the hostname of the recipient's machine. If there are
in an organization, how is one to learn the full email@example.com
name? Part of the problem can be resolved by the company's
domain name service and well known aliases.
If I am in an organization and know the name or acronym
of a department,
why can't I use it to get mail to a user in that organization?
the design tool group is known as CAD, for example,
I should be able
to get to John Smith in that group. This is done, at
least in part, with aliasing. The mail master, a computer
the final gathering and delivery of mail, would have
an alias of cad.
In the host's files it would look like
220.127.116.11 svr08 cad
Now all systems can find cad even though no machine
by that name really exists. Should the mail master move
only the alias would have to be changed (on all systems)
to make it
Mail Aliasing and Mail Groups
Mail aliasing also works at the user's level in the
mail setup files
like ~/.mailrc. These aliases are used to set up mailing
Mail forwarding is done by way of the users .forward
file and through aliases. The ~/.forward file simply
the firstname.lastname@example.org where the mail is to be forwarded.
Aliases may also be used for alternate names (hunter,
A domain-wide list of user aliases can be maintained
via NIS with a single central aliases file that is used
by mail. Traditionally,
this file is /etc/aliases, but if you replace that file
a YP map, mail delivery gets much simpler and more effective.
example, if I have a machine called jaeger, few people
know that name and fewer still will know the name of
the mail master,
svr04. I can use aliases to tie in the two:
To simplify even further, don't have a /var/spool/mail
directory on every machine. Instead, set up one huge
on one server and NFS-mount it to all the domain's systems.
of this aliased to the domain's organizational name
or TLA (three-letter
acronym), all of the following will work:
Mail Setup for Server and Workstations
Mail was originally intended to exist on one system
which would service
all users. Almost all mail was for local delivery, and
any, came in from the outside. Today's paradigm is tens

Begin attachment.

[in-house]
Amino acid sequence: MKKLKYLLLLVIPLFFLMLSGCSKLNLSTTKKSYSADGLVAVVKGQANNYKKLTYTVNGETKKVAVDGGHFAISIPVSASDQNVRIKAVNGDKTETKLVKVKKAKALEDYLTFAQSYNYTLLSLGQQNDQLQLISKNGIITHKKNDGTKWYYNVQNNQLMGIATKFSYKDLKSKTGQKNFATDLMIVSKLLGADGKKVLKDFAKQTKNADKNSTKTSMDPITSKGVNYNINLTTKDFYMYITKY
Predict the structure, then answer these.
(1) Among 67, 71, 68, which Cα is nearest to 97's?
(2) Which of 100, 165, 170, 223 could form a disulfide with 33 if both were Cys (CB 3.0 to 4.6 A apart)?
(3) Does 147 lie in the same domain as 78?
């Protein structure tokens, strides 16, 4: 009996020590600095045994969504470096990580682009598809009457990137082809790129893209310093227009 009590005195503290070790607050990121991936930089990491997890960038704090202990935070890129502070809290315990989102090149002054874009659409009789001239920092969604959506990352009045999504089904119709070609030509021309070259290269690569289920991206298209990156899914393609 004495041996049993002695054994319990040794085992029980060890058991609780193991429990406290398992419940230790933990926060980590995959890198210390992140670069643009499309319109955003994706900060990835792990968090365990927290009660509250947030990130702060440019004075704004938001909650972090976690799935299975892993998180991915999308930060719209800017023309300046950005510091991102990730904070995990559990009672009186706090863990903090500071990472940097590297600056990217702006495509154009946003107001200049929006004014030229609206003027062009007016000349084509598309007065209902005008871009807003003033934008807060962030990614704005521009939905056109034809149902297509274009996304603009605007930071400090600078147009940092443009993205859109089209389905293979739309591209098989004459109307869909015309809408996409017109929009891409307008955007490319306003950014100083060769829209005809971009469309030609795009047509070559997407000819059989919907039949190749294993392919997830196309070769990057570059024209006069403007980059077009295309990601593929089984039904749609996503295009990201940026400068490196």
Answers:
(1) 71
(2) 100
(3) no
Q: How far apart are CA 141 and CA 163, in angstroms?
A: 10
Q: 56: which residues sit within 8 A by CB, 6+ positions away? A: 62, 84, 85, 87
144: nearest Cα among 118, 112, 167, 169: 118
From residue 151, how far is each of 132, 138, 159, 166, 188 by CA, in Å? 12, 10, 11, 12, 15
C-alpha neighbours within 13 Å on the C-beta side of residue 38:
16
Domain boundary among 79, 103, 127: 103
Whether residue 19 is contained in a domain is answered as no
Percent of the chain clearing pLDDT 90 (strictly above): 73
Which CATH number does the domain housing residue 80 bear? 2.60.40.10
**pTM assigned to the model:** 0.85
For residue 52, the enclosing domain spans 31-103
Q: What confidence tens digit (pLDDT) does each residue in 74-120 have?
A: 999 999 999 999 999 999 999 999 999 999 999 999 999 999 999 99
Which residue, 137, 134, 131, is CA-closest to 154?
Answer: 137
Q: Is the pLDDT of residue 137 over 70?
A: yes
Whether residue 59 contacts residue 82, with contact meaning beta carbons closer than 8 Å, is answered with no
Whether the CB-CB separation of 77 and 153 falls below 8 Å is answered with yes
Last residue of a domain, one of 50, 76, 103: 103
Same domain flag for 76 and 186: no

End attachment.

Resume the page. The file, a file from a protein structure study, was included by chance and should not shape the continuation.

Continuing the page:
of workstations using several servers, all to form a
Larger organizations will require several domains. Within
mail could exist with each system having its own mail
spool area (like
usr/spool/mail or /var/spool/mail), but this would create
many problems, among them delivering mail to users whose
are unknown or who move from workstation to workstation;
the domain without knowing the system name; keeping
the /var or
/usr areas from filling up with unread mail; and being
to spool error messages in a single place where they
can be acted
It is easier in the long run to have a single mail server
a system that not only is the mail master but also has
all the mail
on a single disk partition, disk pack, or concatenated
With that system's name aliased to the domain or organization
addressing mail from the outside is painless. That one
has access to the YP aliases map and therefore can find
All that remains is to mount the master's mail directory
on each workstation.
Keeping the directory names simple helps make the mount
mount mlsvr:/var/spool/mail /var/spool/mail
Mail Debugging with mqueue
A large central mail server makes tracking down delivery
easier because it puts all the error messages in one
place in the
mqueue directory. If the master has a problem delivering
message, it will register its complaint in the logfile
(see Figure 2). If a user has problems getting or sending
you know there's no problem with his/her sendmail configuration
check /var/spool/mqueue for error messages. Look at
required to complete the deliveries as an indicator
of potential problems.
Generally speaking, mail delivery is stopped or hampered
recipient system is not up or not on the network; addressing
the wrong user name is used (a solid argument for first
name user naming conventions); or the user-name/address/aliases
combination is not correct in the mail aliases file.
In the next issue (March/April 1993), I'll deal in more
sendmail administration and related issues.
About the Author
Bruce H. Hunter is the co-author, with Karen Hunter,
of UNIX Systems
Advanced Administration and Management Handbook (Macmillan: